Spotlight on cobalt

“They think not there how much of blood it costs.” – Dante Alighieri, The Divine Comedy – Paradiso.

Cobalt is critical to the transition to a zero-emissions economy. With unique properties, cobalt is an essential component of the lithium-ion batteries that power electric vehicles and store energy from wind and solar. It is in our smartphones and laptops. But few people know the true cost of cobalt. People die for this mineral. Children suffer for it. Communities and natural environments are sacrificed for it. This article puts a spotlight on cobalt, its benefits, and its social costs.

Cobalt is an element with the symbol Co and the atomic number 27 – which tells us little about the importance of or controversy surrounding the blue metal. The name cobalt derives from the German Kobold for “evil spirits” or “goblins”, who were thought to cause trouble for miners because cobalt ores typically contained high levels of arsenic which impacted their health.

Cobalt is essential for living things. It is required for the proper functioning of enzymes and regulates the production of red blood cells. Cobalt is the central atom in vitamin B12 which is essential for all animal life.

Although not formally discovered and isolated until 1735 by Swedish chemist Georg Brandt, cobalt compounds were used by ancient civilisations to create blue tinted glass and ceramics. Cobalt has been detected in Persian jewellery from the third millennium BC and was common in ancient Roman glass and Tang dynasty Chinese porcelain.

Figure 1: Roman Blue Glass Pitcher 3rd Century AD

Roman Blue Glass Pitcher

Source: Romisch-Germanisches Museum Cologne.

For most of its history, cobalt has been a relatively low value mineral. With the start of the industrial age its value increased as uses were found for the mineral. Cobalt is used in electroplating to give objects an attractive surface that resists oxidation. It is used to form ‘superalloys’ such as Alnico, an alloy of unusual magnetic strength consisting of aluminium, nickel, and cobalt, which is used to make powerful permanent magnets and electric motors. Stellite alloys, which contain cobalt, chromium, and tungsten, are used to make high-speed and high temperature cutting tools and dyes.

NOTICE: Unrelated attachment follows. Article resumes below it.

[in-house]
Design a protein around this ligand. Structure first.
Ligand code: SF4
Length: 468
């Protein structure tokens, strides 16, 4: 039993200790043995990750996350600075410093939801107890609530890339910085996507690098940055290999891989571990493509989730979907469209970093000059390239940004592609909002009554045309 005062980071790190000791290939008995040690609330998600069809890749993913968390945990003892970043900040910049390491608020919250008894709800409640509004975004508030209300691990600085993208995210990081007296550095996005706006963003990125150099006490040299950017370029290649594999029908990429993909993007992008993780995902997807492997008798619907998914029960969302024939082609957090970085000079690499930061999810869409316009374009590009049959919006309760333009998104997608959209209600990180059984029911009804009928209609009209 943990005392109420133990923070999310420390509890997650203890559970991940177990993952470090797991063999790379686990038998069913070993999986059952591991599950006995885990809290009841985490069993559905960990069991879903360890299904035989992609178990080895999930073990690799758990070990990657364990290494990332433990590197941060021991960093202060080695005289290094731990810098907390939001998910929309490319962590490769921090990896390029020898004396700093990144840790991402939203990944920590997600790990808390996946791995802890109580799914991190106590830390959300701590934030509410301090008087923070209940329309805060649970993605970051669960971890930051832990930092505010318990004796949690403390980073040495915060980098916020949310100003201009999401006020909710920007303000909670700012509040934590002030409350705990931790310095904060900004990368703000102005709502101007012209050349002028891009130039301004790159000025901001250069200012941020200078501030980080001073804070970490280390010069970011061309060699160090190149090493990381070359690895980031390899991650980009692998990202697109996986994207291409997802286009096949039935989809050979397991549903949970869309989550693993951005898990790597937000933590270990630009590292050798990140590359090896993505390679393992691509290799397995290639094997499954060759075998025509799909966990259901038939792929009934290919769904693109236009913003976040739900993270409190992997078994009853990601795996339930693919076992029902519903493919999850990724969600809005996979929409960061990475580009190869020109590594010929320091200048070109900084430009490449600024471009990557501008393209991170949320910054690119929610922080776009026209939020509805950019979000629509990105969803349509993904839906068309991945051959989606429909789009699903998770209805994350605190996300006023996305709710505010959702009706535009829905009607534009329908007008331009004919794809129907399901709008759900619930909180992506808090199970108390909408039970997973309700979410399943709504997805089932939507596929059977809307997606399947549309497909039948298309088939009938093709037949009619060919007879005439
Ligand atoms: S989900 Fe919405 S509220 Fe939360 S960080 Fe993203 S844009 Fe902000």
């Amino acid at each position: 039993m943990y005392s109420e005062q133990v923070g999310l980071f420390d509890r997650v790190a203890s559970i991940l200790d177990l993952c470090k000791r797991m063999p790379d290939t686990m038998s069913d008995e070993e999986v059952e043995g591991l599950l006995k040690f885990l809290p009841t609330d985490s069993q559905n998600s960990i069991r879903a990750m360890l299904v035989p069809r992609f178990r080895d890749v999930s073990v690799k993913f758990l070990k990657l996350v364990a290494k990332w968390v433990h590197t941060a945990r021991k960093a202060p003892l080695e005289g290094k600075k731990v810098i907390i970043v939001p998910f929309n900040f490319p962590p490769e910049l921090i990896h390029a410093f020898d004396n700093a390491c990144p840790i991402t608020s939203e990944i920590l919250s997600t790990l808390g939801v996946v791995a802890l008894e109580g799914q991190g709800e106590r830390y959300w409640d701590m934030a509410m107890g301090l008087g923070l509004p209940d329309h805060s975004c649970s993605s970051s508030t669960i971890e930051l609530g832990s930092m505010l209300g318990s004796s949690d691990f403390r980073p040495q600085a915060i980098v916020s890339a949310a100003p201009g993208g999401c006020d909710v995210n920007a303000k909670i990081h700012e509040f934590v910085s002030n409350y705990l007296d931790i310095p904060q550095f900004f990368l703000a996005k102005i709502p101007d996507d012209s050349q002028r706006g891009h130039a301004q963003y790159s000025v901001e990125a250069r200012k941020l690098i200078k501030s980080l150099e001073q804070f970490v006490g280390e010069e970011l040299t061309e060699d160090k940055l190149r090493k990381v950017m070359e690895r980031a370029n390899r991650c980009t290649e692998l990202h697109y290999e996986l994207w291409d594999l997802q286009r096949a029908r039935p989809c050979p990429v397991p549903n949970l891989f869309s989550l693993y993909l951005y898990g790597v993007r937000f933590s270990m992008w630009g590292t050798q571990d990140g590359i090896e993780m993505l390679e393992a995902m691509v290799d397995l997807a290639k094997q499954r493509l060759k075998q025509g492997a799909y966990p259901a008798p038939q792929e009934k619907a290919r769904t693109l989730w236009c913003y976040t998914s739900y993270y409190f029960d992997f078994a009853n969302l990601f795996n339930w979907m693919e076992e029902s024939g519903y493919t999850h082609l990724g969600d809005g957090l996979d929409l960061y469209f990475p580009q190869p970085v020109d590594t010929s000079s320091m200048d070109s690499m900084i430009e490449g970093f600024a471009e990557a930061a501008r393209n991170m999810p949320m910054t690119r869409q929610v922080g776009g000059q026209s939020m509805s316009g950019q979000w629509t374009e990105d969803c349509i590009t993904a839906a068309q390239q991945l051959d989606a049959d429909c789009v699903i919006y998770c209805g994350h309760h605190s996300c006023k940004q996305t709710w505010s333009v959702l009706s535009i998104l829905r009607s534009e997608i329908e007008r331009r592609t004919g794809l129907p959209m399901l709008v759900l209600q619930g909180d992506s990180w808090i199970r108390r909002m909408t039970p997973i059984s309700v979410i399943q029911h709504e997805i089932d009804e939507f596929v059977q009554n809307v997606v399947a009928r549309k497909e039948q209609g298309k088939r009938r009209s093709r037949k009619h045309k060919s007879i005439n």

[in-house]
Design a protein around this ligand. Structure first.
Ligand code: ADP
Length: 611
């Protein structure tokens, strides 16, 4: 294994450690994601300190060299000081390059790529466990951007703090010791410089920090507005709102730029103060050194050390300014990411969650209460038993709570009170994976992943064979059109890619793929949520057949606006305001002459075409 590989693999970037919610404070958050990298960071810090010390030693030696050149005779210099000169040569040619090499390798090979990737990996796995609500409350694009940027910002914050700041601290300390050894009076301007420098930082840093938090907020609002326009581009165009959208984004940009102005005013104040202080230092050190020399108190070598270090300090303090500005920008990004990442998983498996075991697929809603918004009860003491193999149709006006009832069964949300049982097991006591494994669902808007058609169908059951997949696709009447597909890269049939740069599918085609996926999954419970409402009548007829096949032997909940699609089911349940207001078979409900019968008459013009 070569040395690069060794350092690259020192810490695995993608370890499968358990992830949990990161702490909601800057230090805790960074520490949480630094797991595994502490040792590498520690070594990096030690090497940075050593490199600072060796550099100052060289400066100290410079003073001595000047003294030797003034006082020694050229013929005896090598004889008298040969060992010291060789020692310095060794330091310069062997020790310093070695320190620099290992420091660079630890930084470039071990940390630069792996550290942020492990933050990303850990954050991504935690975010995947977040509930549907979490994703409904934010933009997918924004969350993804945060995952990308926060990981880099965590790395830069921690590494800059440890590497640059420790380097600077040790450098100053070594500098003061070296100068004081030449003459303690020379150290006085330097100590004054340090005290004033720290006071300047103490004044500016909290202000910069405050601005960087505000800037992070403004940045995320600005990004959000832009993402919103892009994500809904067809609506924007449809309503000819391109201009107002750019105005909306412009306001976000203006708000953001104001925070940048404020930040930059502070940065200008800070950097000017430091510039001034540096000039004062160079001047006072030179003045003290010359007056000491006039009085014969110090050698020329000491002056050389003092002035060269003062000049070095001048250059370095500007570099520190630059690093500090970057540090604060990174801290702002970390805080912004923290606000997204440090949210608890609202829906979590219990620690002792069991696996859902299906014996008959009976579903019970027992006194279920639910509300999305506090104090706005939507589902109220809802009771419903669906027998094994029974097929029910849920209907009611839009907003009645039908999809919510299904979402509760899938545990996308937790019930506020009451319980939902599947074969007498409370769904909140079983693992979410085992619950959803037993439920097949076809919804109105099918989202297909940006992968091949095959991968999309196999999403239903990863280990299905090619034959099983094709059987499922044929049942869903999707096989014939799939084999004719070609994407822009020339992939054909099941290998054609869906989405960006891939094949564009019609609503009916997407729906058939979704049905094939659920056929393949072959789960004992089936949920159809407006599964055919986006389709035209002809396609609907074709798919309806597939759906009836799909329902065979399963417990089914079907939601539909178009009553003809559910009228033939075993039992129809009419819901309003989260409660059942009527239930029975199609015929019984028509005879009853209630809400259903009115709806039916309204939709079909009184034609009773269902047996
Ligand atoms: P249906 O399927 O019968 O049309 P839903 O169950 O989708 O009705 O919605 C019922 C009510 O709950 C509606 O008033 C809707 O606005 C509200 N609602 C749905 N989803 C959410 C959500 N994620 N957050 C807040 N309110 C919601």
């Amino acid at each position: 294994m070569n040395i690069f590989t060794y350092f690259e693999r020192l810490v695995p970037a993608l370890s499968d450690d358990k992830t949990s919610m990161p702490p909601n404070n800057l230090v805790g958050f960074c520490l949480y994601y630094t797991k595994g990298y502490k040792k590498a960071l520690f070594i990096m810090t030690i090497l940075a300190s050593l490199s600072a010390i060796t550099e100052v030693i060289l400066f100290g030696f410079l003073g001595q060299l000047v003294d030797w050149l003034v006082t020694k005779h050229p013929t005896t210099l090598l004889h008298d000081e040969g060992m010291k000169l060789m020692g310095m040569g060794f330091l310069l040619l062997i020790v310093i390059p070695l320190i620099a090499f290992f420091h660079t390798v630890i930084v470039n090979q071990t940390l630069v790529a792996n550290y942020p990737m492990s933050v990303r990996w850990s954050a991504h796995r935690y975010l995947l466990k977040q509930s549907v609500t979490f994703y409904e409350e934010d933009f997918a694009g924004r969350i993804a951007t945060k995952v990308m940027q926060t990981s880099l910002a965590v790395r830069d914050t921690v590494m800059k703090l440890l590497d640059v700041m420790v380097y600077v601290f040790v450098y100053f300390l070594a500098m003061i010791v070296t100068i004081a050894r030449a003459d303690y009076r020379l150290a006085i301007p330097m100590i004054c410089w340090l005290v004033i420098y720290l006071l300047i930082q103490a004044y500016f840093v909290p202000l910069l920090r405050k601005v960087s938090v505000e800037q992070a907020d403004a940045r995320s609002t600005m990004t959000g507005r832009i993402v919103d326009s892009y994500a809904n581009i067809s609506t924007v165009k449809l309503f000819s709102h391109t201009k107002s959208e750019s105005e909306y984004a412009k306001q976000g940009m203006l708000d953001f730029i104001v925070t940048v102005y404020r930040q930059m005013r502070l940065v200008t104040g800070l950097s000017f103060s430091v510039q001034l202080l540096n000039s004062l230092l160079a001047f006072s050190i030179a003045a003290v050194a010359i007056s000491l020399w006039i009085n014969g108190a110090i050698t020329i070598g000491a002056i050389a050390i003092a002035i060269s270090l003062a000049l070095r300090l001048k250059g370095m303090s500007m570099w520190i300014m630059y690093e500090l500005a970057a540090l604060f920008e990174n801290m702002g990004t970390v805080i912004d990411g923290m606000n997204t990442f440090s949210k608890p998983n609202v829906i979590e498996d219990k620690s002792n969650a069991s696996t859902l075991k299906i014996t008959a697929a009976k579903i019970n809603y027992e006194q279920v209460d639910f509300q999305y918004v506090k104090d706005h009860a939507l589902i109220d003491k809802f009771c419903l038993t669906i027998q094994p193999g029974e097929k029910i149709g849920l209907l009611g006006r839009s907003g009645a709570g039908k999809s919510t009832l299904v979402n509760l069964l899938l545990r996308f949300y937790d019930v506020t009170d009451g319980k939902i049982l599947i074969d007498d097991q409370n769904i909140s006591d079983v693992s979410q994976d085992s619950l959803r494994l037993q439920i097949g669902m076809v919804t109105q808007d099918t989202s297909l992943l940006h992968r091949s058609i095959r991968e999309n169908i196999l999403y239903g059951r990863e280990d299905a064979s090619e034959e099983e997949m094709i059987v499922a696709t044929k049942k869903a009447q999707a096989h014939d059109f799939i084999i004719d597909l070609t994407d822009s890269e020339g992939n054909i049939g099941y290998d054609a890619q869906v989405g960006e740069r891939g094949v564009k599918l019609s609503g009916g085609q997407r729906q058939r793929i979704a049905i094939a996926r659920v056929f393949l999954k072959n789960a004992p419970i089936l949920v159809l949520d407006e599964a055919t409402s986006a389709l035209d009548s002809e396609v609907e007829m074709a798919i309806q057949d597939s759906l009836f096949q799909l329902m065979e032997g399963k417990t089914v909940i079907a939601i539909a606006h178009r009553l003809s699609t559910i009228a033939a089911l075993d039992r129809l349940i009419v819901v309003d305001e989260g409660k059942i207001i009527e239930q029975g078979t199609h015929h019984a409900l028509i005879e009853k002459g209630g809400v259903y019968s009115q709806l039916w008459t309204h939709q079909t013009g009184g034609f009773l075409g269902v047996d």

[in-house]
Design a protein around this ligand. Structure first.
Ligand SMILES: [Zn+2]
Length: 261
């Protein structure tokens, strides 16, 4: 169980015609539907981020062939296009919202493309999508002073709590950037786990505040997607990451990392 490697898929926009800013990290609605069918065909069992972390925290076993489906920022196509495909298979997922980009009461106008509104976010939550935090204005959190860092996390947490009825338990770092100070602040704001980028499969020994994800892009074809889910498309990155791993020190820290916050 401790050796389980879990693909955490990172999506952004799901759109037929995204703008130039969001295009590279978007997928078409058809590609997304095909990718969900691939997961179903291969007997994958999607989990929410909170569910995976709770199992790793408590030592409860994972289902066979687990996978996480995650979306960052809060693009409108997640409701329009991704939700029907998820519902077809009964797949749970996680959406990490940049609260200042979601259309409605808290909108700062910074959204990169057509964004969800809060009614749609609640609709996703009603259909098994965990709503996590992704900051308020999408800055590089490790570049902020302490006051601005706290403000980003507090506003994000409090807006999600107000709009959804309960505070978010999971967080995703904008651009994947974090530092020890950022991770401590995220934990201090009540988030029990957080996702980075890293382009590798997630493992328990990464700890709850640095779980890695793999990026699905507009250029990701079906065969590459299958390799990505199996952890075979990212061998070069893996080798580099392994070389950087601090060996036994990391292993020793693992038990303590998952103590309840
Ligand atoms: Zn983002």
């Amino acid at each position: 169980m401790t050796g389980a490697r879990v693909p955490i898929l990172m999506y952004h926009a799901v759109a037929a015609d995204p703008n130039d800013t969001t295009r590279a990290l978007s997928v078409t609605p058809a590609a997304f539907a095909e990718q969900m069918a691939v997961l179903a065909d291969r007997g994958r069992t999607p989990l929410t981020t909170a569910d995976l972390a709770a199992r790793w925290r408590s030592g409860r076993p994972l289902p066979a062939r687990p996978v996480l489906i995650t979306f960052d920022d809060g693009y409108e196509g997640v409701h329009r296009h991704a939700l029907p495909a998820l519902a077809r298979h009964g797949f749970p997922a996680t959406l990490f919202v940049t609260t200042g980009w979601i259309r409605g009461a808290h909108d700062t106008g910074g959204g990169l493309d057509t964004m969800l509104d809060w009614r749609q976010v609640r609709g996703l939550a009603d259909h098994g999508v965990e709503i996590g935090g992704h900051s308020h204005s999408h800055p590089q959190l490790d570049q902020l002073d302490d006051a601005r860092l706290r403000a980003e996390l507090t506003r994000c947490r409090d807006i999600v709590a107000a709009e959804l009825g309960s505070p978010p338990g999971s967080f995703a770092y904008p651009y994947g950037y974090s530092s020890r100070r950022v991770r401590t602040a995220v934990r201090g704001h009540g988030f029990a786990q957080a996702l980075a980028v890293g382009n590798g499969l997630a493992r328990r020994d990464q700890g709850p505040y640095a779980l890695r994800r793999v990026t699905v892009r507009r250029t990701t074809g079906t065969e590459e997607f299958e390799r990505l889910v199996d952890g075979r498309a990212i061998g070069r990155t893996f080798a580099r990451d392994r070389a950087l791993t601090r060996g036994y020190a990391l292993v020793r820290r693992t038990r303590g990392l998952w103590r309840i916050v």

A dramatic change for cobalt came in the 1990s when the Sony Corporation first commercialised cobalt-based lithium-ion batteries. Lithium-ion batteries had been invented in 1980 by American physicist John Goodenough. Cobalt-based batteries were an improvement on previous battery types because they have higher specific energy versus weight and can hold charge and power over longer periods of time.

Figure 2: Sony Lithium-ion battery

Sony Lithium-ion battery

The second dramatic change for cobalt came with the surge in electric vehicle (EV) production. Nickel-cobalt-manganese (NCM) and nickel-cobalt-aluminium (NCA) battery compositions have become dominant in the EV industry, accounting for over 90% of the global EV battery market in 2021.1

Cobalt ranks 33rd in the abundance of all metals in the earth’s crust. It is widely scattered, yet it appears in economic quantities in fewer than 20 countries globally. In 2021, 120,000 tonnes of cobalt were produced, with the Democratic Republic of the Congo (DRC) supplying over 70%.

Figure 3: Cobalt Production by Country

Cobalt Production by Country

Source: US Geological Survey.

Figure 4: Historic and Forecast Cobalt Production

Historic and Forecast Cobalt Production

Artisan cobalt mining in the DRC

The DRC is not the most politically stable of countries. Following a US-backed coup in 1965 the country was renamed Zaire and led by dictator Colonel Joseph Mobuto, who held on to power until 1997 when Rwandan and Ugandan-backed rebel forces overran the capital and forced him into exile. This was followed by a period of near constant warfare and ongoing violence as foreign-backed militias and competing warlords vied for power and control of territory. Much of the violence had its origins in the 1994 genocide of ethnic Tutsi in neighbouring Rwanda.

In 2001 the new president, former rebel leader Laurent-Desire Kabila, was assassinated by his own bodyguard. His son Joseph Kabila ruled the DRC until 2018.

The current President of the DRC is Felix Tshisekedi. His election in January 2019 marked the first peaceful transition of power since 1960. The country however remains torn by violence, and it is estimated that as many as 6 million people have died since 1996. The UN currently has over 17,000 personnel involved in peacekeeping operations under the United Nations Stabilisation Mission in the DRC (MONUSCO).